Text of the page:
In the airy art room at SCI Albion, up near Erie, a half-dozen inmates are working on their paintings while George Michael's "Faith" plays quietly on a boom box. Inside, the room is brightly lit; outside, the gray cement housing units are stained dark from a drizzle.

Their instructor is artist Deborah Sementelli. She moves around the room, guiding them to themes they like: old cars, farm scenes. Inmate tutors assist her. John Haffey was one until recently. Haffey achieved notoriety by faking his own death in 1992, then turning himself in a year later on Sally Jessy Raphael.

Bespectacled and 48 with gray hair, he has Parkinson's and drops his brushes, so he wraps his brushes with tape, adhesive side out, so they stick to his hand. Recently, he has been dividing his time between helping a large prisoner with an acrylic of a lake ("Use cobalt blue") and his own rural landscape watercolor.

The inmates are quick to report they give back to the community, donating quilts and other work to charities.

"I left a struggling wife with two children," Haffey says. "I can help her a little bit."

A stocky prisoner with long hair and a beard is working on a seascape.

"I was a tough guy," he says, dabbing on black. "Always brawling. Since I've started painting, I don't have the time for all that."

In the farmland, south of Stockton, Calif., women sit on the grass, some alone, some in clumps, as if having a picnic. Talking. Some laugh, some lie back and look at the sky. Most are in jeans and white and blue jerseys, some wear muumuus. A huge woman with a crewcut sits on the steps across the yard from the hair-care shop.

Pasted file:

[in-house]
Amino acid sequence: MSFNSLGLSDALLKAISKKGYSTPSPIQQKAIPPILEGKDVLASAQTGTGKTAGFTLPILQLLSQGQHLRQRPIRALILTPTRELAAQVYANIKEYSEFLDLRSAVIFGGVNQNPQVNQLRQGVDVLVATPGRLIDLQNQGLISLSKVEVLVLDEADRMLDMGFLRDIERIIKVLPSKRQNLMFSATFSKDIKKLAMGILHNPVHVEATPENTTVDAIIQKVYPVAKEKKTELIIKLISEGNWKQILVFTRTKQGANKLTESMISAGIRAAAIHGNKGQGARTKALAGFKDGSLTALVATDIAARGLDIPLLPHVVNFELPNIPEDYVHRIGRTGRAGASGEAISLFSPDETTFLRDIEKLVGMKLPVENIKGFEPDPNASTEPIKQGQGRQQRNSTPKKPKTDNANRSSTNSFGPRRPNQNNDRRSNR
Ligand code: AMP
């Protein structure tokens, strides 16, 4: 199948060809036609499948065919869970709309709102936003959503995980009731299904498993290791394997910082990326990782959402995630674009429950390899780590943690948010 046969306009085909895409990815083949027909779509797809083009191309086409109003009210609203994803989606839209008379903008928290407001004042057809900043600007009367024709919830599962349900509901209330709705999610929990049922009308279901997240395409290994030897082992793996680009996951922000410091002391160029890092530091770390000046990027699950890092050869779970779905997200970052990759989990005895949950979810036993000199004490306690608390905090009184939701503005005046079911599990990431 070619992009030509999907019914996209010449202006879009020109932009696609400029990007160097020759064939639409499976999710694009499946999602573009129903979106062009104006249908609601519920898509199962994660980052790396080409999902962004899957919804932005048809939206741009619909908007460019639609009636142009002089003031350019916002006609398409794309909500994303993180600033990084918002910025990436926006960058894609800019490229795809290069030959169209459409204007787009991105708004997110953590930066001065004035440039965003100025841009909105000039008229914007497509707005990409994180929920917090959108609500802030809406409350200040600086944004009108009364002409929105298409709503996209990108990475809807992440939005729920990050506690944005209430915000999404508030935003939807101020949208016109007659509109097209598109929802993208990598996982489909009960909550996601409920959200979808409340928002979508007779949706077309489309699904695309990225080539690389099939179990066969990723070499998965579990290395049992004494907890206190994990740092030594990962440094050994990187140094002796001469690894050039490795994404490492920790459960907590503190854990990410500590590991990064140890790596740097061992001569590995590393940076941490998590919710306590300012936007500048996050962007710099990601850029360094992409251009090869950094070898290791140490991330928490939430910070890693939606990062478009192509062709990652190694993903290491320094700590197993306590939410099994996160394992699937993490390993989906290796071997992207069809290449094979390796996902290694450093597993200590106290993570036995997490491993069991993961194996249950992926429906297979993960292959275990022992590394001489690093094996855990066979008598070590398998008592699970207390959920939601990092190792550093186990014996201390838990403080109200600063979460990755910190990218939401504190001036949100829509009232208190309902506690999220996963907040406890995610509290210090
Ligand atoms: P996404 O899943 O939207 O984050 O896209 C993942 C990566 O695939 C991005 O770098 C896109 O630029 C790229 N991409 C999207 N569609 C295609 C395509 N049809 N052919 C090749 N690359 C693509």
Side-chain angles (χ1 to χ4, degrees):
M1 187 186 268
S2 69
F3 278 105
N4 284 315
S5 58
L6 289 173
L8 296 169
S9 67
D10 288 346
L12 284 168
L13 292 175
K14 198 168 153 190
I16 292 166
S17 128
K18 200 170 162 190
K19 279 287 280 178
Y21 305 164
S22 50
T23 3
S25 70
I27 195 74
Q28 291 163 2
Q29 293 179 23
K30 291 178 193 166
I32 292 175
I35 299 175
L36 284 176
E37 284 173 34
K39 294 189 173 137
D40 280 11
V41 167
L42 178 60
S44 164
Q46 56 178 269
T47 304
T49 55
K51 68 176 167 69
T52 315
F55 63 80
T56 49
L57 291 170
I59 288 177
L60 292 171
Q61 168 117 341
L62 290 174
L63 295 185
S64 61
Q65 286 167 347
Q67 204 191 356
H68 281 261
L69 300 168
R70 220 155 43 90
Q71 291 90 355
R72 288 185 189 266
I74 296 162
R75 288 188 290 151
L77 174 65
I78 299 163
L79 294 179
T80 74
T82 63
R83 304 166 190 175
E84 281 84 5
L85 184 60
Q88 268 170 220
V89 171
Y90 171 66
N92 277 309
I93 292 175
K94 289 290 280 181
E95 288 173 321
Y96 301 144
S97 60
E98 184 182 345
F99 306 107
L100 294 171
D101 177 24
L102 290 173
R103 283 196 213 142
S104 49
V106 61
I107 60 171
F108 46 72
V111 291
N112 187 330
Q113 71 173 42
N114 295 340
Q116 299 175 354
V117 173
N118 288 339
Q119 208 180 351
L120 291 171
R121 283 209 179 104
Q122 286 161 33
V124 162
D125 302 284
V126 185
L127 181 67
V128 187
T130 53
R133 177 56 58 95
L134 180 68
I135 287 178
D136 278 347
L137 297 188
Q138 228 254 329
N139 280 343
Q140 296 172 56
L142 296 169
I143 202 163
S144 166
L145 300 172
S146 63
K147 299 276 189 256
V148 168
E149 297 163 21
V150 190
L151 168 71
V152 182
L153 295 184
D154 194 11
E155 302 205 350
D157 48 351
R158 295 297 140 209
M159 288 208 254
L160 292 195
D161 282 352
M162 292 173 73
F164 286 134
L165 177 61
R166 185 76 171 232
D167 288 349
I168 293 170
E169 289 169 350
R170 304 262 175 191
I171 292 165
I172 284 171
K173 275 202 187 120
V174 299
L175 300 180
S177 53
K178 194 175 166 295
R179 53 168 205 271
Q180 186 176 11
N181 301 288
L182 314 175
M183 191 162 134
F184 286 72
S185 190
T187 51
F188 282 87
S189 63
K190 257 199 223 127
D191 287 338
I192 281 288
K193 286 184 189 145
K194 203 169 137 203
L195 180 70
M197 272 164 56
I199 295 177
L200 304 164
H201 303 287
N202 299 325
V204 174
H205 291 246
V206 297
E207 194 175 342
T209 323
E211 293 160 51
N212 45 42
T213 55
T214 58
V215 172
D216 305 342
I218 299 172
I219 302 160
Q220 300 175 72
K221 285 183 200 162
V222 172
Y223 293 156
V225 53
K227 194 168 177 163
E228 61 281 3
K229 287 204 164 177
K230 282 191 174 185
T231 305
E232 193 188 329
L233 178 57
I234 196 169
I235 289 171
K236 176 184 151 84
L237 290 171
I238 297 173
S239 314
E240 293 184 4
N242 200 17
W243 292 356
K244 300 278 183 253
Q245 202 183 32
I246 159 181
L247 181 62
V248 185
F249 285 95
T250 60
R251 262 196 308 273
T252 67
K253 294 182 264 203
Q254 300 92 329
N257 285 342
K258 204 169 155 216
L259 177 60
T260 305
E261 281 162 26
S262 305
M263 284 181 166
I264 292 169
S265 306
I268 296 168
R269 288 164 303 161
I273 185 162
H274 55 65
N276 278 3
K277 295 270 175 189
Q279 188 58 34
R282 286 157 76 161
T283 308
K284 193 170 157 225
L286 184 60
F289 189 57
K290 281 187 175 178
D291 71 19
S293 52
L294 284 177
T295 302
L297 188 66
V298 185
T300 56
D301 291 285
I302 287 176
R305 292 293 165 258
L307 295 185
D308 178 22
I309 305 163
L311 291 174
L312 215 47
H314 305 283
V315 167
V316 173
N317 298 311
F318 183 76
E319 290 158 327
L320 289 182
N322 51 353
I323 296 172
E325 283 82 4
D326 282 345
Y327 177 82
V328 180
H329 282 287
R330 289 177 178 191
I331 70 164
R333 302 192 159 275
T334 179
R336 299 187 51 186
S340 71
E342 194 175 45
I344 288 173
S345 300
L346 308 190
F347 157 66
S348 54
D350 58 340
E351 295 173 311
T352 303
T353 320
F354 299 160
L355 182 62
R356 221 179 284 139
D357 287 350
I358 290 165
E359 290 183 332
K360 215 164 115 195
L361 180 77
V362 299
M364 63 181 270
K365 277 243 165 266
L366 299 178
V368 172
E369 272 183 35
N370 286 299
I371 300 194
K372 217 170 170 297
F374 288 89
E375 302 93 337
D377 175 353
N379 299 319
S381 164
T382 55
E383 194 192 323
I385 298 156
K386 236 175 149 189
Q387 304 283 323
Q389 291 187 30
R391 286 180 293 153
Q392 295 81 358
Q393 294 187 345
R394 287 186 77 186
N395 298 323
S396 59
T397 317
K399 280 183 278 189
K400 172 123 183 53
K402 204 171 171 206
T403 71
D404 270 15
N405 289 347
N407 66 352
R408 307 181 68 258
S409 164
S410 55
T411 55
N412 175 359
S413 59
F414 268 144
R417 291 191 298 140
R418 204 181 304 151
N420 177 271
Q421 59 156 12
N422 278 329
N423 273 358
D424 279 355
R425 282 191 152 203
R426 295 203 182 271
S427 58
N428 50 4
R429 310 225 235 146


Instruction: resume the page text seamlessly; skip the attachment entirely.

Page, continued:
The Northern California Women's Facility is a low compound, with concrete and metal housing units, light towers and a chain-link fence. The housing units have washers and dryers, and a cell I poked into was neat, with standard bunks and desk, a small boom box, some food, a towel rack and Valentine cards, "For the one I love."

Ninety percent of the women are in for drugs or drug-related crimes. Warden Carol Pinkins is firm about Arts In Corrections: "I love it. It's probably one of the best programs for inmates. They were always told, 'You're stupid.' Now a person off the street can be an artist. Art makes you look at everyday things as things of beauty. It makes you analyze."

She holds up "Inside Stories," an anthology of short stories by her inmates, and raps its cover. "This is therapy. We need more of this."

Art's a chance for inmates to meet "free people," Pinkins says. If the state cut the funding, the inmates would just sit in their cells. And the prisons tie their programs to behavior. If cuts were to come, "more institutions will rock and roll!"

A handful of women sit in the art room. It is large and bright, with tables, jars of paint, locked glass-front cabinets of art books, an ivy plant, a TV and stereo, storage shelves for paper, bolts of fabric, four sewing machines, and small quilts -- one of a Japanese woman -- hanging on the wall.

Quilting has a long waiting list, and some women have come and gone without sewing a stitch.

An inmate named Steffani discovered abstract expressionist Franz Kline, and Steffani's work evolved into large expressionistic forms in black and white.

Felicia, a former inmate, left a striking painting of a dancer in purple, which now hangs in the visitor's lobby, and another of a waterfall in greens and blues and Mark Tobey-esque squiggles.

Elyse says she was a battered wife. "I was feeling bad about myself, to the point of attempting suicide." She wrote in "Inside Stories" -- which are often less creative fiction than cries of pain -- about a lover who had just died:

"How dare he leave me! As I cursed God, my thoughts turned to suicide with hopes of joining Steve. On April 22, 1997, I found myself on suicide watch in the county jail, charged with 29 felonies. One thing I can say about myself is when I do anything, I do a first-class job, and this time was no exception."

The village of Point San Quentin, a seaside hamlet with beachy cottages and palm trees, sits by a glittery San Francisco Bay. Then a passenger ferry glides behind a cream-and-brown cellhouse with pale green bars. East Gate, which vaguely resembles a Spanish fortress, leads to the black latticework bars of the sally port and a warren of cellblocks, walls, alleys, gun towers and catwalks that make up San Quentin Prison.